Recovery is the most amazing thing that has happened to Lorna

Left is my 30's.  Right is this year at 44...with real laughter and smiles!

Left is my 30's.  Right is this year at 44...with real laughter and smiles!

Hi my names Lorna and I’m an alcoholic/addict.

From a very young age I can remember feeling like I didn’t fit in, like I didn’t belong. It was almost as though everyone else had been given a guide book to life and someone had missed me out. I felt responsible for everything and everyone in my life. My parents and friends, somehow their happiness/sadness/pain was a direct result of my actions. I had the weight of the world on my shoulders before I even hit double figures. I remember at the age of 6 reading a book about a character called Fungus the bogeyman who lived in a world where you could choose to go into a deep sleep for years and then be woken up…at 6 I honestly thought that was the best idea ever. Looking back, I can see that even as a child I suffered from some degree of depression.

When I was old enough, I started working in bars and clubs. It was fun, we were all young party people so drinking and recreational drug use were pretty much the norm. It never seemed to be excessive because I was good at it. I could out drink and out snort anyone. I had found my calling…my people! More importantly I had found my "f**K it" button…the world no longer lay heavy on my shoulders. I was a functioning alcoholic and I was happy…or at least I didn’t care enough to be sad.

I must be honest I had fun. My husband at the time was in the music business. He didn’t drink so I took it upon myself to live the rock’n’roll lifestyle for him. I went to gigs, hung out with the rich and famous and partied. I was a fun drunk (unless you were my husband…but hey he didn’t like my drinking…sober freak!) and although it came very close on many occasions there were very few bad consequences for me, some embarrassing moments but nothing terrible so where was the harm? Why be a bore? I loved the excitement the freedom, the drama. I proudly wore my T-shirts proclaiming ‘Rehab is for quitters’ ‘Alcoholics unanimous’ ‘I’m not an alcoholic, I’m a drunk, alcoholic’s go to meetings I just party’. I was just making life happy and fun, wasn’t I?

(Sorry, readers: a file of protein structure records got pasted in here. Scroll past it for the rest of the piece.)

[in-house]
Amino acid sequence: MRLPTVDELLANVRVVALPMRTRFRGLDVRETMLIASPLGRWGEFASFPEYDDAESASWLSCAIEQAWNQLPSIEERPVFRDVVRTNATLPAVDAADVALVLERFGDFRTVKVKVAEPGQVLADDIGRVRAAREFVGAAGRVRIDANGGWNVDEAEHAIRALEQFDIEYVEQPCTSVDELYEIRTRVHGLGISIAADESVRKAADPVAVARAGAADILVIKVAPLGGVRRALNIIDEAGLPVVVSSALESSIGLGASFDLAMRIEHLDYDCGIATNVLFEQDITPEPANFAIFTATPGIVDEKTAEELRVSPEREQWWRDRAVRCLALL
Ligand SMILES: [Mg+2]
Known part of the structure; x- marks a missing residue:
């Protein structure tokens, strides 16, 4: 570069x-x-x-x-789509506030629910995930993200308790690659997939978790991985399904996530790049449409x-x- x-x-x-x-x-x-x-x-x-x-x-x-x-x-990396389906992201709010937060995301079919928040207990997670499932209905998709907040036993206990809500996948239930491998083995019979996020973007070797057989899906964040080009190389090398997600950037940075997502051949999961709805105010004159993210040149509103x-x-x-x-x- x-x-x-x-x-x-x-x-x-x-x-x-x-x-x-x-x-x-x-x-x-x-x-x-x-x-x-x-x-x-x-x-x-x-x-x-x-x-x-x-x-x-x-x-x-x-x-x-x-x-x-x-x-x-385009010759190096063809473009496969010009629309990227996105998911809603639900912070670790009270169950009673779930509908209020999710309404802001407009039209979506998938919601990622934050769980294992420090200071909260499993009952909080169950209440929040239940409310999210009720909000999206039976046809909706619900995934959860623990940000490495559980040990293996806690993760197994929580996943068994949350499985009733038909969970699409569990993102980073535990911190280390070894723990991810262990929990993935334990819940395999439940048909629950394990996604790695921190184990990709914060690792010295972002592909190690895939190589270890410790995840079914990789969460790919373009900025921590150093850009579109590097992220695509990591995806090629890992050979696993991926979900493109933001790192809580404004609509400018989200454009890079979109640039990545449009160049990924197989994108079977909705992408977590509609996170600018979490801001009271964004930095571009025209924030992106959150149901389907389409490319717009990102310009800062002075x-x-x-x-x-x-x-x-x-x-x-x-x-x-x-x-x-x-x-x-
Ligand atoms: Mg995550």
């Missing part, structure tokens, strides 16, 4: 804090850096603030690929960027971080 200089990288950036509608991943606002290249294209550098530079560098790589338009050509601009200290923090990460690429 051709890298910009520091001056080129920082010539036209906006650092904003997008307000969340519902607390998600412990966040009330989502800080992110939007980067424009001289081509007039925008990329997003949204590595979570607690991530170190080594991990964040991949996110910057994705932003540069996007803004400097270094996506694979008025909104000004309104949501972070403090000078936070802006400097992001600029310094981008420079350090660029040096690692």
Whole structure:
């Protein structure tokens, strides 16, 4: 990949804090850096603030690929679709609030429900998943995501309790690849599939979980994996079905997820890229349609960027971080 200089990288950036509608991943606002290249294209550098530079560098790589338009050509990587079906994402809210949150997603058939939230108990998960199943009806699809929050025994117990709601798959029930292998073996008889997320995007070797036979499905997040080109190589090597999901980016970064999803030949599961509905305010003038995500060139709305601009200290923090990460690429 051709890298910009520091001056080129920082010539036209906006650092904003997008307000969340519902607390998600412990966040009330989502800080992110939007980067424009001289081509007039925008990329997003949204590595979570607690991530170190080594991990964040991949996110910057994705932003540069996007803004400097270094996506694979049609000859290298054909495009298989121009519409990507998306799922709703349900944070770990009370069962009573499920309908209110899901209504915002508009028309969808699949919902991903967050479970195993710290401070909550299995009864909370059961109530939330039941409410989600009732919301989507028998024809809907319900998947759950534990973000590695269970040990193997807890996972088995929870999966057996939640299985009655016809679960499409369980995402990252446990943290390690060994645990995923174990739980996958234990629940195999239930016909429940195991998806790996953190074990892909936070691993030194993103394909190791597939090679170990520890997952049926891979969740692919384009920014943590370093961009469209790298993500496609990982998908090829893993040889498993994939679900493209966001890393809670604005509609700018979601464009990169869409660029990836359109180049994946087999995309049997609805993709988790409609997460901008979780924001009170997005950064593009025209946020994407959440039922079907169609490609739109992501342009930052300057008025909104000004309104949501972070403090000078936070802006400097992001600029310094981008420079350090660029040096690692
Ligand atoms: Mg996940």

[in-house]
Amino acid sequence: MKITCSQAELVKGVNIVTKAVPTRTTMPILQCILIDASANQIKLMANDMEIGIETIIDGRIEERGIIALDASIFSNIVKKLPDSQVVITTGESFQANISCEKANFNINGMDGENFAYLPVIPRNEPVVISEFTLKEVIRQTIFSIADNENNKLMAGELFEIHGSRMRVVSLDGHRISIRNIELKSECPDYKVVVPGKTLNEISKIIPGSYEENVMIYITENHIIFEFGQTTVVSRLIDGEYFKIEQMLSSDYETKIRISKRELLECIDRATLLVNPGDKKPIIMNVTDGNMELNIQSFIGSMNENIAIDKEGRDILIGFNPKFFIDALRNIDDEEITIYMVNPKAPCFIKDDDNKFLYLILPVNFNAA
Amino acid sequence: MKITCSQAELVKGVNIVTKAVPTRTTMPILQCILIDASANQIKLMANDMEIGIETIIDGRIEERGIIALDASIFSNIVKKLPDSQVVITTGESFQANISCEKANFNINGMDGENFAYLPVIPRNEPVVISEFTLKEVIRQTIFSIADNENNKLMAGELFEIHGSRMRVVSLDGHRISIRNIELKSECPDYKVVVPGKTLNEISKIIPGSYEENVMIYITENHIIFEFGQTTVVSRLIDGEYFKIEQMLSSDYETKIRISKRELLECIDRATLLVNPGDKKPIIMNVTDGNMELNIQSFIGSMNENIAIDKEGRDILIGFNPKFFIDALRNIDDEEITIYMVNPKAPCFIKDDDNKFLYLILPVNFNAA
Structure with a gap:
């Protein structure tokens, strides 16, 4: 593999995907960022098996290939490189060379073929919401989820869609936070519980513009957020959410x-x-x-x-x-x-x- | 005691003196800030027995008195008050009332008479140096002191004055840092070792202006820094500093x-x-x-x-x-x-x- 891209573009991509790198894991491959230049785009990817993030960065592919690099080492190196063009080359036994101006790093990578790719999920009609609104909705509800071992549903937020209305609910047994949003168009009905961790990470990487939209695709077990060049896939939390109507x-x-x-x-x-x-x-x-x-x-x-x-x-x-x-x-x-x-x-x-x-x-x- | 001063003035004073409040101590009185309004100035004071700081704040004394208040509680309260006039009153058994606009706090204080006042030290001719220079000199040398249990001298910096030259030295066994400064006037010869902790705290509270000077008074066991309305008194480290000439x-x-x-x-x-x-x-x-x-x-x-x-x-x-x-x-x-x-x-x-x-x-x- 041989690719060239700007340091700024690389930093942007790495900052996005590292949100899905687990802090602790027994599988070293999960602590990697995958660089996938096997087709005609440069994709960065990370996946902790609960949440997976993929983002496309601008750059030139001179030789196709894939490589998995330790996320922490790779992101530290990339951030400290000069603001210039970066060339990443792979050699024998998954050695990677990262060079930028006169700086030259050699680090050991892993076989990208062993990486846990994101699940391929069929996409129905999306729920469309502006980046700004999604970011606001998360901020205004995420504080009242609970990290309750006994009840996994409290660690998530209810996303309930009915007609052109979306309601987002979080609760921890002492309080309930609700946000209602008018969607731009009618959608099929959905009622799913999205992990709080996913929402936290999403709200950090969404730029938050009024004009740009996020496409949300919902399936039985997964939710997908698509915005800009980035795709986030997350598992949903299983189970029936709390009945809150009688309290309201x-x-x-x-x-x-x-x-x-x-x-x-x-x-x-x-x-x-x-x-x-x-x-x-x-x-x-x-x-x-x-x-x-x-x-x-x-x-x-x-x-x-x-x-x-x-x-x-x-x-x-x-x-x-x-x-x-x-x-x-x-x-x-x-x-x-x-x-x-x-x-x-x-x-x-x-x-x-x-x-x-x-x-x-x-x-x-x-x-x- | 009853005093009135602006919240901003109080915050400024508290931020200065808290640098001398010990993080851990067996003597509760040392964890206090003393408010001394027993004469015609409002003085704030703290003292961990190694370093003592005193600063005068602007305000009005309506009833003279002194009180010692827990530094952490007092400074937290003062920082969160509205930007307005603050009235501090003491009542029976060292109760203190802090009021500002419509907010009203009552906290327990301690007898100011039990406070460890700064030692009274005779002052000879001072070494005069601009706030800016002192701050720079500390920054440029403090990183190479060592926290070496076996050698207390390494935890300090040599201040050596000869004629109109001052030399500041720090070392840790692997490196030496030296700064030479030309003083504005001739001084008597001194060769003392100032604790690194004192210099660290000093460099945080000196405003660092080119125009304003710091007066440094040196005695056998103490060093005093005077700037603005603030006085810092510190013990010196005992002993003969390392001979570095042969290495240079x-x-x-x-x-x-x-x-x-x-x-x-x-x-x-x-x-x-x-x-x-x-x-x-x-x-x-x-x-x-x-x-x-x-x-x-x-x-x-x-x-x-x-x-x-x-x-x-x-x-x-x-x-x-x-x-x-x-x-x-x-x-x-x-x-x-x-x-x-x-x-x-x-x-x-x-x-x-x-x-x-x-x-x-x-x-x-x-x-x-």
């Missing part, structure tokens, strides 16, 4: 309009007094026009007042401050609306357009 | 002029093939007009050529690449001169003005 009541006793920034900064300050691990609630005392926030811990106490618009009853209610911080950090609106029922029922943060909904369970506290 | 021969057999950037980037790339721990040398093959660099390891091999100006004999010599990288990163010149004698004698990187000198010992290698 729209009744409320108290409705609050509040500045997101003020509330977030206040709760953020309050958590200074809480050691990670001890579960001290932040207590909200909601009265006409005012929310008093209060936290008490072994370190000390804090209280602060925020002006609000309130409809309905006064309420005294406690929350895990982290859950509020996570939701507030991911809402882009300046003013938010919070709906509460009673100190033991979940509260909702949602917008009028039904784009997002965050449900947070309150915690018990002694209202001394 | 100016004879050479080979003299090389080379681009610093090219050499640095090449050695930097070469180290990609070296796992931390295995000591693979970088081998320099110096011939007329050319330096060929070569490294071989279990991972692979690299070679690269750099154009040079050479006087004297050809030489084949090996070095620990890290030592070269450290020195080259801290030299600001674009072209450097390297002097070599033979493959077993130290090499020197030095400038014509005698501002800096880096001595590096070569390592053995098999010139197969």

But then there was the other side... 

Sobbing on the couch watching the news, drinking because the world is screwed so what’s the point? Wandering to the supermarket feeling like I had a gaping hole in my chest where my heart should be, wondering why I was emotionally void yet in so much pain? Looking at my life my job, my husband, the house, cars, holidays and wondering why I felt so empty, unfulfilled and sad? Walking to the shops with my hood up because sober, I couldn’t look people in the eye. Being afraid all the time when I was sober. Constantly seeking that one thing that would bring me the contentment and happiness I desired then I wouldn’t need to drink or use! Standing at the sink forcing down a large vodka and a line of cocaine so I could get ready for work and realising that I had a serious problem but resigning myself to the fact I was an alcoholic. Using the excuse, “I’m an alcoholic and stopping could kill me” as a reason to continue for the next 7 years. Finally, sitting rocking backwards and forwards on my bed thinking “I can’t go on like this, I can’t I just can’t" after weeks of alcohol induced night terrors and insomnia.

I decided to seek help then and was lucky enough to be able to book myself into rehab. I remember that first day, sober, in tears and a fellow client asking me why, what was I scared of. I replied that “I wasn’t sure I had a personality.” It turns out I do and it’s a pretty good one! I was in rehab for 3 months and in that time, I had my eyes opened. I was prescribed antidepressants (which I had avoided even though I was happy to take anything handed to me in a club!)

After I was diagnosed with severe depression, both the fog of chemical dependence and the darkness in my head began to lift. It was a 12-step program and I went to meetings and had a sponsor who took me through the steps. I learned that although yes, I am unique and wonderful in many ways, I am no worse or better than anyone else. That I can’t control people, places and things and none of these will make me happy as happiness is an inside job. I learned that the world doesn’t revolve around me, but there is a perfect place for me in it and that place is here and now. Most importantly I learned acceptance. Accepting myself and others as they are and the world as it is, not how I would want it to be.

Since starting my recovery in 2008 I have lost many things.  My husband, my home, and all my personal belongings. I’ve had to declare myself bankrupt and I have been diagnosed with breast cancer. I have lost truly loved ones through terrible circumstances. Hideous heart-breaking and tragic things have happened but I am still happier and more content now than when I was using and drinking and living a seemingly perfect life. No matter what life throws at me today I know I can handle it…. gone are the days of over reacting and drama. In fact, these days I find drama exhausting to even witness.

I’m lucky I can go out with friends who drink and just find their escapades funny and often a reminder of why I don’t drink. I can dance (badly), I can go for a meal without being self-conscious, I can talk, ask for help, admit when I’m wrong, laugh till my belly hurts, and do all the things I thought I could only do with a drink in me.  I'm sober and now it’s better!  I have more fun and I can even remember it! 

In my job, I work with a lot of active addicts and alcoholics.  I always offer, and hope, they will find recovery because I can see how much fear and pain it creates for them. Recovery is the most amazing thing that has happened to me and I wish with all my heart I could just gift it to other people. It’s not easy but it makes life easier.